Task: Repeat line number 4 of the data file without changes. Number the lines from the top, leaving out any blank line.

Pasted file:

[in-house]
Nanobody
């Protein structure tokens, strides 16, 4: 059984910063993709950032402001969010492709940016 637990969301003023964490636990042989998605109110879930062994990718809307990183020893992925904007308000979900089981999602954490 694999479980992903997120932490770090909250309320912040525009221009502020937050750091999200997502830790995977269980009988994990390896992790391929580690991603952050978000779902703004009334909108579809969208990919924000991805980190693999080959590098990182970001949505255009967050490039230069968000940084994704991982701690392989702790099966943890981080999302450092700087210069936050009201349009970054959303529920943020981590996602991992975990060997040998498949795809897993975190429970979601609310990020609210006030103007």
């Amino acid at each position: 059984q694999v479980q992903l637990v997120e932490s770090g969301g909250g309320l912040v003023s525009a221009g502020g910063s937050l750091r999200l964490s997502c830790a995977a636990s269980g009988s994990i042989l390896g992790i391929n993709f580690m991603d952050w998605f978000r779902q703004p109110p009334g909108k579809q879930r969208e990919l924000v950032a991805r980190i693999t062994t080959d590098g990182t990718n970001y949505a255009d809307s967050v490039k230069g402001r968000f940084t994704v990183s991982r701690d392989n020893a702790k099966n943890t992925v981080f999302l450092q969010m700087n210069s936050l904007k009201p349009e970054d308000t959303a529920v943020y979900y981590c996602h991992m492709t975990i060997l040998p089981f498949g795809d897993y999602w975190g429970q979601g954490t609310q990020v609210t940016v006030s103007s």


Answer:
């Amino acid at each position: 059984q694999v479980q992903l637990v997120e932490s770090g969301g909250g309320l912040v003023s525009a221009g502020g910063s937050l750091r999200l964490s997502c830790a995977a636990s269980g009988s994990i042989l390896g992790i391929n993709f580690m991603d952050w998605f978000r779902q703004p109110p009334g909108k579809q879930r969208e990919l924000v950032a991805r980190i693999t062994t080959d590098g990182t990718n970001y949505a255009d809307s967050v490039k230069g402001r968000f940084t994704v990183s991982r701690d392989n020893a702790k099966n943890t992925v981080f999302l450092q969010m700087n210069s936050l904007k009201p349009e970054d308000t959303a529920v943020y979900y981590c996602h991992m492709t975990i060997l040998p089981f498949g795809d897993y999602w975190g429970q979601g954490t609310q990020v609210t940016v006030s103007s």